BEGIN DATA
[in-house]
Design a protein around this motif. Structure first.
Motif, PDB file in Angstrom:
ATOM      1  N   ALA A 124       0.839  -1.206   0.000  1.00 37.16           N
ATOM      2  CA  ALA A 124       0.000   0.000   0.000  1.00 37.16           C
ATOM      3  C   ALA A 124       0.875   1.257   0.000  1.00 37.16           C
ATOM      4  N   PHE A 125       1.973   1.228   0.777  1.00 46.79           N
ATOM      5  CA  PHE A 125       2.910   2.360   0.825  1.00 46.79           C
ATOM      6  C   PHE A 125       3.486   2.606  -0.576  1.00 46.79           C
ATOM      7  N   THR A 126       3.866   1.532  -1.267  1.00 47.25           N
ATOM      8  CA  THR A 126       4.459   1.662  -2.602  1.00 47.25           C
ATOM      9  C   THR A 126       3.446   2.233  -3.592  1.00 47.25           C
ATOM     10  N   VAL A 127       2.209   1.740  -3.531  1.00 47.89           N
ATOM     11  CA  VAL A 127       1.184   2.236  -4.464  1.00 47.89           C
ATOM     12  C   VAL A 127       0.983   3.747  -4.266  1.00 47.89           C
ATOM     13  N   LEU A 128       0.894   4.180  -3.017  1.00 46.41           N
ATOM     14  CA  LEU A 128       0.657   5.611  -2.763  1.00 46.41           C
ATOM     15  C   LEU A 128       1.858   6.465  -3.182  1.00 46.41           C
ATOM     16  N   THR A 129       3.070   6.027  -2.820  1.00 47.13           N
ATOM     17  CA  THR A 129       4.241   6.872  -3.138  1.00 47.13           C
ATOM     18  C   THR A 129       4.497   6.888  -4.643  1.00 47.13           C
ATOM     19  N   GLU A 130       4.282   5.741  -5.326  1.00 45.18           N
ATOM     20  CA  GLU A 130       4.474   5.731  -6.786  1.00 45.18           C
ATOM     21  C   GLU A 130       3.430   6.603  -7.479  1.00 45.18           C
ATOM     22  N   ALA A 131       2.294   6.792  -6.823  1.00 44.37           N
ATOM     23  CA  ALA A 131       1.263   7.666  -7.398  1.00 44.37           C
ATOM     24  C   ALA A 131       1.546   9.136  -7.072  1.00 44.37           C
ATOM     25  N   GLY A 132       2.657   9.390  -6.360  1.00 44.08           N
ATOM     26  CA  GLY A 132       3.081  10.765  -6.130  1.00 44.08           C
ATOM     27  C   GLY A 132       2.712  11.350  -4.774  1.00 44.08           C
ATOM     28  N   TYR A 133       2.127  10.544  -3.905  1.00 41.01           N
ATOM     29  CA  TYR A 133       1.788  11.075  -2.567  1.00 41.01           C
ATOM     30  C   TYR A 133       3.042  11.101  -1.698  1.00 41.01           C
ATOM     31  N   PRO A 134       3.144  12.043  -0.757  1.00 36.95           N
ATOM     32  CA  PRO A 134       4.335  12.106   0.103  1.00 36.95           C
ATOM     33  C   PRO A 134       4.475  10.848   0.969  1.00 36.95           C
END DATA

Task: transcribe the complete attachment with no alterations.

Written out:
[in-house]
Design a protein around this motif. Structure first.
Motif, PDB file in Angstrom:
ATOM      1  N   ALA A 124       0.839  -1.206   0.000  1.00 37.16           N
ATOM      2  CA  ALA A 124       0.000   0.000   0.000  1.00 37.16           C
ATOM      3  C   ALA A 124       0.875   1.257   0.000  1.00 37.16           C
ATOM      4  N   PHE A 125       1.973   1.228   0.777  1.00 46.79           N
ATOM      5  CA  PHE A 125       2.910   2.360   0.825  1.00 46.79           C
ATOM      6  C   PHE A 125       3.486   2.606  -0.576  1.00 46.79           C
ATOM      7  N   THR A 126       3.866   1.532  -1.267  1.00 47.25           N
ATOM      8  CA  THR A 126       4.459   1.662  -2.602  1.00 47.25           C
ATOM      9  C   THR A 126       3.446   2.233  -3.592  1.00 47.25           C
ATOM     10  N   VAL A 127       2.209   1.740  -3.531  1.00 47.89           N
ATOM     11  CA  VAL A 127       1.184   2.236  -4.464  1.00 47.89           C
ATOM     12  C   VAL A 127       0.983   3.747  -4.266  1.00 47.89           C
ATOM     13  N   LEU A 128       0.894   4.180  -3.017  1.00 46.41           N
ATOM     14  CA  LEU A 128       0.657   5.611  -2.763  1.00 46.41           C
ATOM     15  C   LEU A 128       1.858   6.465  -3.182  1.00 46.41           C
ATOM     16  N   THR A 129       3.070   6.027  -2.820  1.00 47.13           N
ATOM     17  CA  THR A 129       4.241   6.872  -3.138  1.00 47.13           C
ATOM     18  C   THR A 129       4.497   6.888  -4.643  1.00 47.13           C
ATOM     19  N   GLU A 130       4.282   5.741  -5.326  1.00 45.18           N
ATOM     20  CA  GLU A 130       4.474   5.731  -6.786  1.00 45.18           C
ATOM     21  C   GLU A 130       3.430   6.603  -7.479  1.00 45.18           C
ATOM     22  N   ALA A 131       2.294   6.792  -6.823  1.00 44.37           N
ATOM     23  CA  ALA A 131       1.263   7.666  -7.398  1.00 44.37           C
ATOM     24  C   ALA A 131       1.546   9.136  -7.072  1.00 44.37           C
ATOM     25  N   GLY A 132       2.657   9.390  -6.360  1.00 44.08           N
ATOM     26  CA  GLY A 132       3.081  10.765  -6.130  1.00 44.08           C
ATOM     27  C   GLY A 132       2.712  11.350  -4.774  1.00 44.08           C
ATOM     28  N   TYR A 133       2.127  10.544  -3.905  1.00 41.01           N
ATOM     29  CA  TYR A 133       1.788  11.075  -2.567  1.00 41.01           C
ATOM     30  C   TYR A 133       3.042  11.101  -1.698  1.00 41.01           C
ATOM     31  N   PRO A 134       3.144  12.043  -0.757  1.00 36.95           N
ATOM     32  CA  PRO A 134       4.335  12.106   0.103  1.00 36.95           C
ATOM     33  C   PRO A 134       4.475  10.848   0.969  1.00 36.95           C